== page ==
Forest in a Box, Take Two
The Life Box. One box = 100 Trees.
Since reading Bill McDonough and Michael Braungart’s description of seed-bearing, biodegradable waste wrappers in Cradle to Cradle, I’ve been interested in the notion of so-called regenerative design. Can we really transform waste into food, and how would a society that biodegrades rather than throws away or recycles its trash operate?
The Life Box might provide answers, as well as raise new questions. Made from recycled paper and bearing approximately 100 tree seeds—in addition to mycorrhizal fungal spores that catalyze seed growth—the Life Box is not only designed to biodegrade, but to grow a small forest in the process. Creator Paul Stamets and Planted Planet Productions estimate that one tree in 100 will survive to 30 years, sequestering one ton of carbon during this time.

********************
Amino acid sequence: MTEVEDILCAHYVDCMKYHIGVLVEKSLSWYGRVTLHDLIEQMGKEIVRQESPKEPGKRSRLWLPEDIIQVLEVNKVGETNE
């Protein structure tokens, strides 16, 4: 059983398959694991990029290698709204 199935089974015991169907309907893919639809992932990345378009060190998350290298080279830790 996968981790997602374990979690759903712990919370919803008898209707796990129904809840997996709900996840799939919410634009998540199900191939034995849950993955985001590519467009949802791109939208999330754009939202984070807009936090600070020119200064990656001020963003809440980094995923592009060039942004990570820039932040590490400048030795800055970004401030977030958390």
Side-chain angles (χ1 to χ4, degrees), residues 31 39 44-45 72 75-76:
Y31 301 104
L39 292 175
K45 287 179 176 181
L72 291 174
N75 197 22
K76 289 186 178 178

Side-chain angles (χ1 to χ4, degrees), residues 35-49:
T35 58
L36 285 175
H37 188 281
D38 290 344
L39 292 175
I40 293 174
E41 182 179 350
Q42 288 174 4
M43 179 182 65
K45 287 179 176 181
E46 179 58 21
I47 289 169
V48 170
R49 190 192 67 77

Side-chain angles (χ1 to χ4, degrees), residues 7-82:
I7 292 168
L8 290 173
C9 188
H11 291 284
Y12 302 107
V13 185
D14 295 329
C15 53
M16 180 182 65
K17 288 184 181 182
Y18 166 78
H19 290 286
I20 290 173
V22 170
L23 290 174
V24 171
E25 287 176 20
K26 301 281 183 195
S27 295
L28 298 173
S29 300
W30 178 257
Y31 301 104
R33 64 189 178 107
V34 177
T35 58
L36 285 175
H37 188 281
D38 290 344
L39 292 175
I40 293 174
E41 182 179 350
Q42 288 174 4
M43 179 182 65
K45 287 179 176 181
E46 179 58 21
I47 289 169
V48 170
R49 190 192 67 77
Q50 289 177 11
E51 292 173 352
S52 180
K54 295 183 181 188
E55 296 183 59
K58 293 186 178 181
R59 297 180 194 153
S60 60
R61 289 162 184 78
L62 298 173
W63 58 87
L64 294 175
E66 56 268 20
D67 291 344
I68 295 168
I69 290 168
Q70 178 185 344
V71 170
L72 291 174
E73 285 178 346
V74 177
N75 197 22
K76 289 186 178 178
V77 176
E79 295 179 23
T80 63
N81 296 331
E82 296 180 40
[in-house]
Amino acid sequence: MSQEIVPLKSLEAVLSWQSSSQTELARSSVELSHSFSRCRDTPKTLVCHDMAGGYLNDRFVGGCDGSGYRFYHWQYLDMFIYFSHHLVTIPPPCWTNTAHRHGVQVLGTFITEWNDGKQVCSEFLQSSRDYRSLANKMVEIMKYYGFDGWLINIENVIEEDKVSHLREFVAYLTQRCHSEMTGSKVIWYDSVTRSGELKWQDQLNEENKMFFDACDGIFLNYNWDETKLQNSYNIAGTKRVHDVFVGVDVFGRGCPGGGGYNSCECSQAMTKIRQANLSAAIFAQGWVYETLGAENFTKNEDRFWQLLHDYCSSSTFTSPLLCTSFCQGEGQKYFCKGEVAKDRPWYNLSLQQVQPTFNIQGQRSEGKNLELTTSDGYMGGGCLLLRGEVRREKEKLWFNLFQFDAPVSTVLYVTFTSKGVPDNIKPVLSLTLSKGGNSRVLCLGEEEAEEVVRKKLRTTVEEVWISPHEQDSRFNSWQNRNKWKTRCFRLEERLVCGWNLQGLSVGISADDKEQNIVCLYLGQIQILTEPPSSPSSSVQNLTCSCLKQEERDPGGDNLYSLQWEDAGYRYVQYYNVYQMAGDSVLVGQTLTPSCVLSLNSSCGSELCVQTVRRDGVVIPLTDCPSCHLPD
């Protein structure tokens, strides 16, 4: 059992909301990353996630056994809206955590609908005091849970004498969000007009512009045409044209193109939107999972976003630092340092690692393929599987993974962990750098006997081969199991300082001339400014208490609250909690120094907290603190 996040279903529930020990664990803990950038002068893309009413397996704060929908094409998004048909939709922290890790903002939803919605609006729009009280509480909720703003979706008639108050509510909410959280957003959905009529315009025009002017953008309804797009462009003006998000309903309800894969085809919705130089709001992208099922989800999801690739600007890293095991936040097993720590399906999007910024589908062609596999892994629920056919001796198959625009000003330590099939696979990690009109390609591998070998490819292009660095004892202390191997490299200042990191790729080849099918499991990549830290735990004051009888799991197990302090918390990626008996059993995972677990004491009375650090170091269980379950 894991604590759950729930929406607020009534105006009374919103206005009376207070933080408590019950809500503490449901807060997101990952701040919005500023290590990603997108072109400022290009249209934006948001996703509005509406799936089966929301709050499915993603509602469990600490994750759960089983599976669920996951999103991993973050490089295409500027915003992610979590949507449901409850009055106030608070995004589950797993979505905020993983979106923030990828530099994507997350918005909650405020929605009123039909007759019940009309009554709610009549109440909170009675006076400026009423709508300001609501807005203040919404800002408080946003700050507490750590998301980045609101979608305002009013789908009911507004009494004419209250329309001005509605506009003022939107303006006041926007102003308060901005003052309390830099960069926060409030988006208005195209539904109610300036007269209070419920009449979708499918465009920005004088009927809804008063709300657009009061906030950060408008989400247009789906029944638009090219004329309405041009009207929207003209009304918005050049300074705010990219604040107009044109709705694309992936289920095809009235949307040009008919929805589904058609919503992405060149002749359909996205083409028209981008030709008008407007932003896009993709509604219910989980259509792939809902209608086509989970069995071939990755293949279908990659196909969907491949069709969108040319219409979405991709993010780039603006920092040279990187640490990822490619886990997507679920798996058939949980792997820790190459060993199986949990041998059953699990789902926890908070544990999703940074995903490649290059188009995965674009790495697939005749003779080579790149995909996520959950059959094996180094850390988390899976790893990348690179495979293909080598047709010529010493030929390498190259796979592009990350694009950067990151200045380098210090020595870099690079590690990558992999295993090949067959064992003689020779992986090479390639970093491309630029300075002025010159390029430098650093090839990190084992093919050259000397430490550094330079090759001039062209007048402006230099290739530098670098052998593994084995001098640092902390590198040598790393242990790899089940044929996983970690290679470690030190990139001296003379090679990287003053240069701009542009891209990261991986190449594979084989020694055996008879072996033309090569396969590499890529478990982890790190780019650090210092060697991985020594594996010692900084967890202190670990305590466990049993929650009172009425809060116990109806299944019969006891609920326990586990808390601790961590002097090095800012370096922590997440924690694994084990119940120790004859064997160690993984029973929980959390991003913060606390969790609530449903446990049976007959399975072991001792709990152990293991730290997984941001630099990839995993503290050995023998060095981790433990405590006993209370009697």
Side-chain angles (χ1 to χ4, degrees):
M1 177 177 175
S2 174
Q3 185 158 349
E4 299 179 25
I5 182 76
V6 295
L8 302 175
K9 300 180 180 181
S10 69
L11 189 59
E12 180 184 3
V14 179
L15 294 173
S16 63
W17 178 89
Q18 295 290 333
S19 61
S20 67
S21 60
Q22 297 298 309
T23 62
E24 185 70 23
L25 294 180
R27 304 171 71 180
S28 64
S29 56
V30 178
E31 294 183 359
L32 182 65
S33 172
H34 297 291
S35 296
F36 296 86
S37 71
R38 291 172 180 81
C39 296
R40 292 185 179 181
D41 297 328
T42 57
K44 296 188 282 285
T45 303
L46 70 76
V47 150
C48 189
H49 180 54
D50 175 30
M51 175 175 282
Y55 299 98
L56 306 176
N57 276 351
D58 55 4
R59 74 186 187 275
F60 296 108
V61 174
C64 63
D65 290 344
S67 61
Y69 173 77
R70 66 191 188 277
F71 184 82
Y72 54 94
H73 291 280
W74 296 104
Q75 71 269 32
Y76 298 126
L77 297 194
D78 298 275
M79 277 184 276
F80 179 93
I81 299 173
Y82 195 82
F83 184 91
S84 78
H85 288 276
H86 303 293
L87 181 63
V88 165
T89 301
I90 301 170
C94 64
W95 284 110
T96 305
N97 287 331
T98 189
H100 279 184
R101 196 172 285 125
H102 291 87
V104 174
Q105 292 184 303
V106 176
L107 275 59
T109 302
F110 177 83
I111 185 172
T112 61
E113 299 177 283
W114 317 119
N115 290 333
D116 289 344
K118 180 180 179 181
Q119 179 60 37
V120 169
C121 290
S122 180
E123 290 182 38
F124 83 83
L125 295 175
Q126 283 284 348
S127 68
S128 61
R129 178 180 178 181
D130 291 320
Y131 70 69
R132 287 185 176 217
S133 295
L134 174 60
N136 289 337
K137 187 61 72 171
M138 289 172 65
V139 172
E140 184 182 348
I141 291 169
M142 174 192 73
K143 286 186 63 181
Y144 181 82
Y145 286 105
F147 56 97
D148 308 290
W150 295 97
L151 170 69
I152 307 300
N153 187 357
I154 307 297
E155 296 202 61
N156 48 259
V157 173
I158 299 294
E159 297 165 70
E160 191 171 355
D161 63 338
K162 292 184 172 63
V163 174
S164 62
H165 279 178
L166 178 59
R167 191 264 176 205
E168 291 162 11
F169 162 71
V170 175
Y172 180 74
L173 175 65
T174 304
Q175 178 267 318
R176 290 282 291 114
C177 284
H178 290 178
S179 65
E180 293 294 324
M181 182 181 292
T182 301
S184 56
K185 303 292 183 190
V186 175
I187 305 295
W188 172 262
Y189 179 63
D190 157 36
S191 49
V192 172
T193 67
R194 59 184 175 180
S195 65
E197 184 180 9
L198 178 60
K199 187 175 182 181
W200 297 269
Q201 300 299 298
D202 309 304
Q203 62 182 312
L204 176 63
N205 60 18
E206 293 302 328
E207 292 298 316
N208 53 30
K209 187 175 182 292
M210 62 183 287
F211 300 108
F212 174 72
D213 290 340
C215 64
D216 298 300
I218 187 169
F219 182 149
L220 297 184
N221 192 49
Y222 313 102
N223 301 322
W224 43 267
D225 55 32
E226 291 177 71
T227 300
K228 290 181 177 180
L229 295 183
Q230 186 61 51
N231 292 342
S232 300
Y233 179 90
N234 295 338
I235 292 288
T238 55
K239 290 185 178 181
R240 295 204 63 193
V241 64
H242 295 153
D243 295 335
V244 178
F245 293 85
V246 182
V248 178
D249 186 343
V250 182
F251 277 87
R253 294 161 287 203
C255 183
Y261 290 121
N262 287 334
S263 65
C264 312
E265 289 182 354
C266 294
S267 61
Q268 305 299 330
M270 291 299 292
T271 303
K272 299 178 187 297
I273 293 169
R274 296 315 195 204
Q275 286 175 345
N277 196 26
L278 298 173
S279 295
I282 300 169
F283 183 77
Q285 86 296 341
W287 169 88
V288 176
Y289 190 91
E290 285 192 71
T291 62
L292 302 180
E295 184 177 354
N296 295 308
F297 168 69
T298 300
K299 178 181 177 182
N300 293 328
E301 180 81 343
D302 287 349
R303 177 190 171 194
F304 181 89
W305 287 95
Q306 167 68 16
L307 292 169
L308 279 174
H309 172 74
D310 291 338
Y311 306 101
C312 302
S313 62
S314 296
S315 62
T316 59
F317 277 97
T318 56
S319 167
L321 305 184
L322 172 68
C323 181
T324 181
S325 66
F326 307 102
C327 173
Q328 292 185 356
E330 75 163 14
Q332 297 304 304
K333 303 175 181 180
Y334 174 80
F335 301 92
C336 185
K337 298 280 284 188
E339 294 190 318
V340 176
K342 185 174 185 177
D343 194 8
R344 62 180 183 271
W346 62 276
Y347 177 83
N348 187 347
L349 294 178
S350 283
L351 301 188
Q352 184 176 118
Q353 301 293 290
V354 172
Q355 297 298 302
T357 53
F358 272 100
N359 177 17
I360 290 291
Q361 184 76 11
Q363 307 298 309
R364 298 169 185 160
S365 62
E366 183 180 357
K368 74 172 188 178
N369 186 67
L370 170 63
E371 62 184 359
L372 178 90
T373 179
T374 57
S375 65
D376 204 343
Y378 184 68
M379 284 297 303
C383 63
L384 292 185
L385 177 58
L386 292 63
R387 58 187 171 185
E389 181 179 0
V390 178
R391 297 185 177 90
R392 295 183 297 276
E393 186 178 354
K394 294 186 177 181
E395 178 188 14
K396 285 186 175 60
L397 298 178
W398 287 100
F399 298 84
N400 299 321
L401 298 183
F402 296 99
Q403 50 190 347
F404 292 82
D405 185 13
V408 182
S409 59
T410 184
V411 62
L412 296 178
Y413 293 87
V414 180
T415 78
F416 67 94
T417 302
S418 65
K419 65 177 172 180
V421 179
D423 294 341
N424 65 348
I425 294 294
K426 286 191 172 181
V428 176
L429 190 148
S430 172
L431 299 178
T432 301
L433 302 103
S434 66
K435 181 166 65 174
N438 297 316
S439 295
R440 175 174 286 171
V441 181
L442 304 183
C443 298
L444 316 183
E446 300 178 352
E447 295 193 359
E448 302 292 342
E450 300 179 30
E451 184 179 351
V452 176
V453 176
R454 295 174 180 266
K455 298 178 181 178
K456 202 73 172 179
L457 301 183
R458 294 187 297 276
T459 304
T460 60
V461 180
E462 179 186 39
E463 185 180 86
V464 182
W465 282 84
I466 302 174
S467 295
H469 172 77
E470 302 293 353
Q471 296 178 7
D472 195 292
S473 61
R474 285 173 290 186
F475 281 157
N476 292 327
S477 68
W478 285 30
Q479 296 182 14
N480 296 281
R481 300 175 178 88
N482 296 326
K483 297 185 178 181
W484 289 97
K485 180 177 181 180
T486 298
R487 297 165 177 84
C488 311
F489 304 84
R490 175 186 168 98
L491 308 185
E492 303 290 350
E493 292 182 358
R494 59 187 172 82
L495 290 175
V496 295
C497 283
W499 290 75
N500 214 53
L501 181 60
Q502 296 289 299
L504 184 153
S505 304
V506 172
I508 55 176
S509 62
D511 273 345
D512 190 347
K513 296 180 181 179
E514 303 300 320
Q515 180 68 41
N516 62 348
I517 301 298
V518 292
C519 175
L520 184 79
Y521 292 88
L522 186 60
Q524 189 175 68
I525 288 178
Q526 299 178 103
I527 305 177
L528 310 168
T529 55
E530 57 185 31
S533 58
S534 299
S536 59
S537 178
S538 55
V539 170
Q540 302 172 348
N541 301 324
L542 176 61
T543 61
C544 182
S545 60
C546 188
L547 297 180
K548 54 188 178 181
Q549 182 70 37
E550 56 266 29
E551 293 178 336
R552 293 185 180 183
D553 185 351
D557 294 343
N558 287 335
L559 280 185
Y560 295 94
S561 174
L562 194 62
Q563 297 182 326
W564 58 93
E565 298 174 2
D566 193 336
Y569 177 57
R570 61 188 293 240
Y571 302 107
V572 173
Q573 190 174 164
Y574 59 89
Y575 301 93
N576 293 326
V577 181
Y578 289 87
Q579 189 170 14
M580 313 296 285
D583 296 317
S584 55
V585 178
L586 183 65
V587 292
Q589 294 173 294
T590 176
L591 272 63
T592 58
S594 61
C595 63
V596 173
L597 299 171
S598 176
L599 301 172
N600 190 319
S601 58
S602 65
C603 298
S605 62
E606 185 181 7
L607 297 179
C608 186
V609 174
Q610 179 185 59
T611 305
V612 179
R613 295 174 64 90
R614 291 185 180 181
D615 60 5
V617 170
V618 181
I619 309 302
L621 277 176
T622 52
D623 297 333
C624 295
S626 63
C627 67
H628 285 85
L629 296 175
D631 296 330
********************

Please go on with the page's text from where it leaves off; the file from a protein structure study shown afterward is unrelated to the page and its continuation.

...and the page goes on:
While this creative idea certainly has potential, it requires consumers to rethink the disposal process altogether. Naturally, the Life Box won’t work in a dumpster—it will only fulfill its goal if it’s torn up into many small pieces, and these pieces are planted at an appropriate distance from one another in an area suitable to growing new trees. For those who own plenty of land and want to grow more trees, the Life Box is a great solution. However, the rest of us will have to save used Life Boxes for our next jaunt to the countryside for a bit of guerilla forestry. Clandestine regeneration, anyone?